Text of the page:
The future is a frightening place. At least in the movies.
For nearly a century, almost every filmmaker who has envisioned the future has envisioned it the same way. The details, of course, have changed from picture to picture: in Metropolis, Fritz Lang’s 1927 silent masterpiece, hordes of laborers are sequestered underground and forced to operate enormous machines that power the glittering Art Deco skyscrapers of the ruling class; in The Terminator, which was released nearly 60 years later, Arnold Schwarzenegger’s sardonic cyborg lookalike returns from 2029 to assassinate the woman whose unborn son will eventually lead the resistance against Arnold’s sentient robot overlords, and also to say things like “I’ll be back.”
But while the particulars may change, the point is usually the same. In the future, according to Hollywood, mankind’s relentless pursuit of progress—our inexorable push for newer, better technology—finally comes back to bite us. The innovative tools we create for our own convenience are good for a while, and then, all of sudden, they are very, very bad. Catastrophic. Apocalyptic. And deadly, more often than not.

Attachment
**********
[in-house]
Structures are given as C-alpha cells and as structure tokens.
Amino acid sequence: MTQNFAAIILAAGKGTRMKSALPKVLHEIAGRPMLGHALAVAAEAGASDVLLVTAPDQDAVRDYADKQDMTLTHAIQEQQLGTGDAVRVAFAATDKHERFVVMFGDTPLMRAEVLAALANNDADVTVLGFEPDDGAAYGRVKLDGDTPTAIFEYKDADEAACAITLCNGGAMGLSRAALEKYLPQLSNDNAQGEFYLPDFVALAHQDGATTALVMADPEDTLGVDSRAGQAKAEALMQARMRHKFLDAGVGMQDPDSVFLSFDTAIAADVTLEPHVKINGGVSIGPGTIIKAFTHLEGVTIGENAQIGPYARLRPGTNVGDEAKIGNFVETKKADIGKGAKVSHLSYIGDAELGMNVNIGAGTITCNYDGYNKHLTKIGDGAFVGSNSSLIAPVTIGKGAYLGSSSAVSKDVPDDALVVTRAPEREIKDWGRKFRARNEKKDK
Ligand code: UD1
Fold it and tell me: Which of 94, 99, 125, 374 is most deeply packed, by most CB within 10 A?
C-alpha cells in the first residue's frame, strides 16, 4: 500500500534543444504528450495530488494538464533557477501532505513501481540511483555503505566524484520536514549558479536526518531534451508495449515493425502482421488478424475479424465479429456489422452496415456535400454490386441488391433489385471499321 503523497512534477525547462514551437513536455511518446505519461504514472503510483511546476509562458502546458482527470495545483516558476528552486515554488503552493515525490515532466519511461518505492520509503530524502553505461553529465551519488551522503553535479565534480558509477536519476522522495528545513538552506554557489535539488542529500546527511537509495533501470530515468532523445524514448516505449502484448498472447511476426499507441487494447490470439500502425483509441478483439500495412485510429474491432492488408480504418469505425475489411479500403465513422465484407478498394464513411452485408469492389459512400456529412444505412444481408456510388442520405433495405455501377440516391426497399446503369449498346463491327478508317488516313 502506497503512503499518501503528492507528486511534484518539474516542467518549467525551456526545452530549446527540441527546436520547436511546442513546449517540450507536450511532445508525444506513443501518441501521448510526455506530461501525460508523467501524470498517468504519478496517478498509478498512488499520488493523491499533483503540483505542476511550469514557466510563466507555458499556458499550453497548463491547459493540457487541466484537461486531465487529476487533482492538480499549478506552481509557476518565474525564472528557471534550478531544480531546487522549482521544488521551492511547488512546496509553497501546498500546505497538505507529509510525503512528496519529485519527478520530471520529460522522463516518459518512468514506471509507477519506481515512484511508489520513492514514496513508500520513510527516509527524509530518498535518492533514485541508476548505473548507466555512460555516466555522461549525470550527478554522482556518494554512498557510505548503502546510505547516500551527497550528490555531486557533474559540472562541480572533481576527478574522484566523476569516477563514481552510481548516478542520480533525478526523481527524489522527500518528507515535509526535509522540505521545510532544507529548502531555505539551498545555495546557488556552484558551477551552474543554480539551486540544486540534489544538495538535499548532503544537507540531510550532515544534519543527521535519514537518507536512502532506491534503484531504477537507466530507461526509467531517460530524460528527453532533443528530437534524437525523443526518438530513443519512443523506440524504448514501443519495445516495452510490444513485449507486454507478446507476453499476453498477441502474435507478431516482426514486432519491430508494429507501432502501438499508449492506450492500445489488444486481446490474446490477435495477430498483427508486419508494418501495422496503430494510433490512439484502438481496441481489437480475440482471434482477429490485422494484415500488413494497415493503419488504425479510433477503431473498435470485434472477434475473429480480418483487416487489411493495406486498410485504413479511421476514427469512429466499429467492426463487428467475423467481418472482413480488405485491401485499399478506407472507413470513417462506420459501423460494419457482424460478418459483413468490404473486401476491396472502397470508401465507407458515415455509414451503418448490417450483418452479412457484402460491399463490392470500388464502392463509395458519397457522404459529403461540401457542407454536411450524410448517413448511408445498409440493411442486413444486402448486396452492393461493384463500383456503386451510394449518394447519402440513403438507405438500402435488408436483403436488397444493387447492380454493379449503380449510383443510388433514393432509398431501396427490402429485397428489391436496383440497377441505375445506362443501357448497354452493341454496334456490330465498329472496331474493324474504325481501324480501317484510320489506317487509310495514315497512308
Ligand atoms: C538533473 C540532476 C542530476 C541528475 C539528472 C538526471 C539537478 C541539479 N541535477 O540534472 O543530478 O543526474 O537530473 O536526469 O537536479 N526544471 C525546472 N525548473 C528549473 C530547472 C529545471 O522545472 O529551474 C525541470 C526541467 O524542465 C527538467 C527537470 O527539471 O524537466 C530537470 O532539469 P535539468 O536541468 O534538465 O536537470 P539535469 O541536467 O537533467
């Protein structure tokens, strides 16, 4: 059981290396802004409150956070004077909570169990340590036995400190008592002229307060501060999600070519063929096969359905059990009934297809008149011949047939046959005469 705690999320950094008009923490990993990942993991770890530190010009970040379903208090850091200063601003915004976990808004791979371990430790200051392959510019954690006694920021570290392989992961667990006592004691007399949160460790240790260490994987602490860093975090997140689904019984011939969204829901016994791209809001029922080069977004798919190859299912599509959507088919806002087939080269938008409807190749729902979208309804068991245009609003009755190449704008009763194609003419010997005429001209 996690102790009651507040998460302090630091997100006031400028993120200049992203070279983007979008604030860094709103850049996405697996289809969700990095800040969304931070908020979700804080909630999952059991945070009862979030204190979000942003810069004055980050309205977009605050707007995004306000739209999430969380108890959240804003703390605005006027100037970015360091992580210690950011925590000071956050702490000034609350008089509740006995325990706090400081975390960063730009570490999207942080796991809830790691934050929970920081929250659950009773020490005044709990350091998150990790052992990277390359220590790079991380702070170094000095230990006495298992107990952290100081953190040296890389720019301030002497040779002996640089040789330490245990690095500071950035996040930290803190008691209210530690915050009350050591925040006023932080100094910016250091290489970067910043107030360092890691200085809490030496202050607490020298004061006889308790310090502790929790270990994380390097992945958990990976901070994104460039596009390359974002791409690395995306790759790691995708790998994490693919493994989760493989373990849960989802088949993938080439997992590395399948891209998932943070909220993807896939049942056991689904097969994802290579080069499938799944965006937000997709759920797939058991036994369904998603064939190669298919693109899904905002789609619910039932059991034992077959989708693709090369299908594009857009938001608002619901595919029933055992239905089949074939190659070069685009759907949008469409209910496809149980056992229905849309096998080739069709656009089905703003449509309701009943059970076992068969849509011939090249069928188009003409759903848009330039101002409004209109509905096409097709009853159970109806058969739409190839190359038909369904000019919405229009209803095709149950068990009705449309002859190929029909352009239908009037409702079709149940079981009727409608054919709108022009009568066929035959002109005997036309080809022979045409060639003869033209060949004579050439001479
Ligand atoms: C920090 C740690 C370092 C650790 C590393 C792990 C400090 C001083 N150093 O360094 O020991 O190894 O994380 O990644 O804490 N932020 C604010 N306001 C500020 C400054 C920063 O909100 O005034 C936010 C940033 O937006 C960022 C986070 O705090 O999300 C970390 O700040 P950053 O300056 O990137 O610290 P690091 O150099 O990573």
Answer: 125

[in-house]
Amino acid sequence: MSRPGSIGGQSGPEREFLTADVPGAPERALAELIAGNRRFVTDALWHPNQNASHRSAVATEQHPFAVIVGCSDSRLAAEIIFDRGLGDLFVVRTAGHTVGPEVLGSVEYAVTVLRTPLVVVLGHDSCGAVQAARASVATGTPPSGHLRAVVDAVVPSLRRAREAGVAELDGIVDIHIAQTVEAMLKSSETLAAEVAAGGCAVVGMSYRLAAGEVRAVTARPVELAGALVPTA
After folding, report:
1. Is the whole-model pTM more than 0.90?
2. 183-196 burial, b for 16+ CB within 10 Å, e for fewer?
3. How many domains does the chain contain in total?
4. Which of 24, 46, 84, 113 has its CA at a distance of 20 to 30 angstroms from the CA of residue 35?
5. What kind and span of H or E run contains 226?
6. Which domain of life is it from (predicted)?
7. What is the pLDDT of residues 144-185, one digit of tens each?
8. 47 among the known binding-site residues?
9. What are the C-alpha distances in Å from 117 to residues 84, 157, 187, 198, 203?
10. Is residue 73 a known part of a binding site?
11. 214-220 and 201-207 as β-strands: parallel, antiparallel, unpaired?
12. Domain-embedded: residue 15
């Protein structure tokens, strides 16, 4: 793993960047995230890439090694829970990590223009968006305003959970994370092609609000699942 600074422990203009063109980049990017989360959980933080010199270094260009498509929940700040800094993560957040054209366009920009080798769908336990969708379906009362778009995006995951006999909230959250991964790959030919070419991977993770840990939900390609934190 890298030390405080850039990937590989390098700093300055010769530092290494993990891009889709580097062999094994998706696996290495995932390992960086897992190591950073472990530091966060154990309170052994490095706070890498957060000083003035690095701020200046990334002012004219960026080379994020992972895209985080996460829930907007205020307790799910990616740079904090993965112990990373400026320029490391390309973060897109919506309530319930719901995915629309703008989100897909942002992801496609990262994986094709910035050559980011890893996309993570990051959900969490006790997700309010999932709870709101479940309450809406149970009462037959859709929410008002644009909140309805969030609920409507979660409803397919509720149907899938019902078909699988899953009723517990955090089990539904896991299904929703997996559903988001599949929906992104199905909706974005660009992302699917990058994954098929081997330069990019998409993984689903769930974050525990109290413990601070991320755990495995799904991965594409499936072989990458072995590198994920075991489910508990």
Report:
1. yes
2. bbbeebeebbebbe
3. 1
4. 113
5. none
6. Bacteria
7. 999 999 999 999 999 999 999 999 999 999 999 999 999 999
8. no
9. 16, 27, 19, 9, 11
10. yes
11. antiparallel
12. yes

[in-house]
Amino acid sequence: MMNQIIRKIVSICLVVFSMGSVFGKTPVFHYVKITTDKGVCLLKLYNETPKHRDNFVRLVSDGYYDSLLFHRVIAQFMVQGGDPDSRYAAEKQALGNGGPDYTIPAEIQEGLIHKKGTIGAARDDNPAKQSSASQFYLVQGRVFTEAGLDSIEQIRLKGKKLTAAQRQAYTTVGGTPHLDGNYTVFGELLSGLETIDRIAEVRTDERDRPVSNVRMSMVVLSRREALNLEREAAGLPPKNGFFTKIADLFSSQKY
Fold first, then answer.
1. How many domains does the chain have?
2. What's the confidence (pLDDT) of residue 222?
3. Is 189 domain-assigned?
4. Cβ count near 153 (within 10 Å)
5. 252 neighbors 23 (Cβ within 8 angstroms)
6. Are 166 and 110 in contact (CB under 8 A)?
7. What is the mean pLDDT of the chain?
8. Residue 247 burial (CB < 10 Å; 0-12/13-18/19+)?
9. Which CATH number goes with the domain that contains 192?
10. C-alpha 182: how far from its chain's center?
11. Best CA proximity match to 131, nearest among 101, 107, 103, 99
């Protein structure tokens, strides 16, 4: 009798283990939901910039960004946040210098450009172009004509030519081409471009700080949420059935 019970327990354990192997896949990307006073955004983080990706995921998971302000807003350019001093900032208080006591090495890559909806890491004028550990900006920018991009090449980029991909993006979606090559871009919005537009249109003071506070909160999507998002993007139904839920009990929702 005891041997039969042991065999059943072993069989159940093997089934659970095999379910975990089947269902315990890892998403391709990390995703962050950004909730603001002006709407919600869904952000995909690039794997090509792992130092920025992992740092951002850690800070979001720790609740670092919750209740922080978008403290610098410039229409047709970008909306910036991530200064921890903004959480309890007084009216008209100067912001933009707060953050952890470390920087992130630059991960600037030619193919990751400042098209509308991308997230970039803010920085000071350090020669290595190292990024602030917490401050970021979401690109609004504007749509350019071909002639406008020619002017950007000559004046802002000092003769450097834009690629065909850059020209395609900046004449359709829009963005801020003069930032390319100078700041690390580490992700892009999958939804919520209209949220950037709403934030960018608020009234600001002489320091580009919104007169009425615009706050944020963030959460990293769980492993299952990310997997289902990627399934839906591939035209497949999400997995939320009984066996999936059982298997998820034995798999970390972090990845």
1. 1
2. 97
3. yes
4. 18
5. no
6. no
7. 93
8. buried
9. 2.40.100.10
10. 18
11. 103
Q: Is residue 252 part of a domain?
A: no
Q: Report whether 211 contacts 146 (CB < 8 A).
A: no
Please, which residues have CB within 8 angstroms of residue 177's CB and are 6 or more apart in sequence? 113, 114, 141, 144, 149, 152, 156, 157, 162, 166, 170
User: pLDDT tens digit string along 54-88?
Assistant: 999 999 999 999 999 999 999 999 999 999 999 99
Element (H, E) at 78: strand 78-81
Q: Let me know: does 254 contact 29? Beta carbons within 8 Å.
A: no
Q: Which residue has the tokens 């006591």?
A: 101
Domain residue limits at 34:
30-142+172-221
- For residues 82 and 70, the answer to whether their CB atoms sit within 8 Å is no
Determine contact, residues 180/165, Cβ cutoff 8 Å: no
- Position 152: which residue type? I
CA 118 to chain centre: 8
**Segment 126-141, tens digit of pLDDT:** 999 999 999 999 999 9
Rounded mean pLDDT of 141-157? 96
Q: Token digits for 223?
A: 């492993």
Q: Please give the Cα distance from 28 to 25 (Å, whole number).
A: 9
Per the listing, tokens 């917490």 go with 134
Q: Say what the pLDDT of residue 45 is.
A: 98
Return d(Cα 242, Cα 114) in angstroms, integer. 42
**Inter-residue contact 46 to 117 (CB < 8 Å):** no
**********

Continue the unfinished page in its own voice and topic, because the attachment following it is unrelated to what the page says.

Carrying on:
Except, that is, in Her, the brilliant new movie by Spike Jonze. The framework of the film is familiar. It is the future. On a whim, an isolated, soon-to-be divorced writer named Theodore Twombley (Joaquin Phoenix) purchases a piece of software billed as “the world’s first artificially intelligent operating system.” He installs the software. It begins—in the steaming, hot-toddy voice of Scarlett Johansson—to speak to him. It names itself Samantha. It reorganizes Theodore’s inbox. Soon, as Samantha’s consciousness expands, a relationship develops. The relationship becomes a romance. Samantha and Theodore fall in love. And then something goes wrong—just like it always does with these futuristic movie technologies.
And yet despite its conventional arc, I’ve never seen a film about the future quite like Her. The difference, I think, is what ends up going wrong in Jonze’s brave new world. Samantha doesn’t kill Theodore. She doesn’t enslave him. She breaks his heart.
This strikes me as a significant shift—and a revealing one.
That’s because futuristic movies aren’t really about the future at all. They can’t be. They’re about the present. As I watched Her, I started to think about why Jonze’s heartbreaking vision of the tomorrow felt so right to me—so real, so possible. How has our relationship to technological progress changed since Metropolis, or The Terminator, or any of those other, older movies about the shape of things to come? How does Her reflect that change? And what does all of this have to say about us, today, in 2013?